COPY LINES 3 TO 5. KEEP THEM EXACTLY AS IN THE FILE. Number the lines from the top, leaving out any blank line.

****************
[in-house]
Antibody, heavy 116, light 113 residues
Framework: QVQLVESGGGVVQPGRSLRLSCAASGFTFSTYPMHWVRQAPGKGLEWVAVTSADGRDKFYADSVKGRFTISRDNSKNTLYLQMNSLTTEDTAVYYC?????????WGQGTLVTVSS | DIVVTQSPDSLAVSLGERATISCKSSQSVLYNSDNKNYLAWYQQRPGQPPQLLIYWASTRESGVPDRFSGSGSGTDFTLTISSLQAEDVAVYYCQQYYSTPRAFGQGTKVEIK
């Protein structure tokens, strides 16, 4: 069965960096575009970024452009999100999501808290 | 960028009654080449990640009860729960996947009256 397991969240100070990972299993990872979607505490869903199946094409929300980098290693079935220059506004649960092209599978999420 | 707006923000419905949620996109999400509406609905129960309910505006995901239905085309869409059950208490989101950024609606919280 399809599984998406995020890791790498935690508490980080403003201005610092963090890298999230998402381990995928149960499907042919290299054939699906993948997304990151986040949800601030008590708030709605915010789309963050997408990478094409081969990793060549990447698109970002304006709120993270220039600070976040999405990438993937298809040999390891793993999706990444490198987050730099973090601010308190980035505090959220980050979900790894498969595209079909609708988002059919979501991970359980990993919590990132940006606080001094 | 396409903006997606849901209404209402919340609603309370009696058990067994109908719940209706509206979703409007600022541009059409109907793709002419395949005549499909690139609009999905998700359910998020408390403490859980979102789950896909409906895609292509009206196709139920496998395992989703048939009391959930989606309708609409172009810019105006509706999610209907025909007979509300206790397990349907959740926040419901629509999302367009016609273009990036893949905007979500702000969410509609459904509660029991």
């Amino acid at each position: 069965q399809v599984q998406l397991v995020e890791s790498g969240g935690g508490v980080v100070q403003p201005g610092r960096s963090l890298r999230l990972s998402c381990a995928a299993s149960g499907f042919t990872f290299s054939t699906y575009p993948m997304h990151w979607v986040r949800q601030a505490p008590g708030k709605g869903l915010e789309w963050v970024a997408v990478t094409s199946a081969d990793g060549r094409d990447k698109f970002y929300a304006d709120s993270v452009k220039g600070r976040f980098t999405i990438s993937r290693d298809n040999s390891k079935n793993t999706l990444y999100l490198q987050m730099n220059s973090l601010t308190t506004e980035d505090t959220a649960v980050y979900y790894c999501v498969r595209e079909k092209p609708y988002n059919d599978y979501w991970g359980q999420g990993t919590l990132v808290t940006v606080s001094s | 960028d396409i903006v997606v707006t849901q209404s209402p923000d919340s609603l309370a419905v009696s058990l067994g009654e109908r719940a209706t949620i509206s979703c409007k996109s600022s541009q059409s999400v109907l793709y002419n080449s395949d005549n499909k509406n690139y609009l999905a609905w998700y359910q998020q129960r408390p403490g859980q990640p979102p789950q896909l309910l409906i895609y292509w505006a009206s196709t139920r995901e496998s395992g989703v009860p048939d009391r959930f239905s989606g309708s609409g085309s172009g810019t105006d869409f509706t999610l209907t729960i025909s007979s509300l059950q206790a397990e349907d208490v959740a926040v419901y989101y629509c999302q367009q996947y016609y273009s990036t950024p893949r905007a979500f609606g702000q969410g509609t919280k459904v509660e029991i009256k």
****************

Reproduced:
Framework: QVQLVESGGGVVQPGRSLRLSCAASGFTFSTYPMHWVRQAPGKGLEWVAVTSADGRDKFYADSVKGRFTISRDNSKNTLYLQMNSLTTEDTAVYYC?????????WGQGTLVTVSS | DIVVTQSPDSLAVSLGERATISCKSSQSVLYNSDNKNYLAWYQQRPGQPPQLLIYWASTRESGVPDRFSGSGSGTDFTLTISSLQAEDVAVYYCQQYYSTPRAFGQGTKVEIK
């Protein structure tokens, strides 16, 4: 069965960096575009970024452009999100999501808290 | 960028009654080449990640009860729960996947009256 397991969240100070990972299993990872979607505490869903199946094409929300980098290693079935220059506004649960092209599978999420 | 707006923000419905949620996109999400509406609905129960309910505006995901239905085309869409059950208490989101950024609606919280 399809599984998406995020890791790498935690508490980080403003201005610092963090890298999230998402381990995928149960499907042919290299054939699906993948997304990151986040949800601030008590708030709605915010789309963050997408990478094409081969990793060549990447698109970002304006709120993270220039600070976040999405990438993937298809040999390891793993999706990444490198987050730099973090601010308190980035505090959220980050979900790894498969595209079909609708988002059919979501991970359980990993919590990132940006606080001094 | 396409903006997606849901209404209402919340609603309370009696058990067994109908719940209706509206979703409007600022541009059409109907793709002419395949005549499909690139609009999905998700359910998020408390403490859980979102789950896909409906895609292509009206196709139920496998395992989703048939009391959930989606309708609409172009810019105006509706999610209907025909007979509300206790397990349907959740926040419901629509999302367009016609273009990036893949905007979500702000969410509609459904509660029991």
């Amino acid at each position: 069965q399809v599984q998406l397991v995020e890791s790498g969240g935690g508490v980080v100070q403003p201005g610092r960096s963090l890298r999230l990972s998402c381990a995928a299993s149960g499907f042919t990872f290299s054939t699906y575009p993948m997304h990151w979607v986040r949800q601030a505490p008590g708030k709605g869903l915010e789309w963050v970024a997408v990478t094409s199946a081969d990793g060549r094409d990447k698109f970002y929300a304006d709120s993270v452009k220039g600070r976040f980098t999405i990438s993937r290693d298809n040999s390891k079935n793993t999706l990444y999100l490198q987050m730099n220059s973090l601010t308190t506004e980035d505090t959220a649960v980050y979900y790894c999501v498969r595209e079909k092209p609708y988002n059919d599978y979501w991970g359980q999420g990993t919590l990132v808290t940006v606080s001094s | 960028d396409i903006v997606v707006t849901q209404s209402p923000d919340s609603l309370a419905v009696s058990l067994g009654e109908r719940a209706t949620i509206s979703c409007k996109s600022s541009q059409s999400v109907l793709y002419n080449s395949d005549n499909k509406n690139y609009l999905a609905w998700y359910q998020q129960r408390p403490g859980q990640p979102p789950q896909l309910l409906i895609y292509w505006a009206s196709t139920r995901e496998s395992g989703v009860p048939d009391r959930f239905s989606g309708s609409g085309s172009g810019t105006d869409f509706t999610l209907t729960i025909s007979s509300l059950q206790a397990e349907d208490v959740a926040v419901y989101y629509c999302q367009q996947y016609y273009s990036t950024p893949r905007a979500f609606g702000q969410g509609t919280k459904v509660e029991i009256k």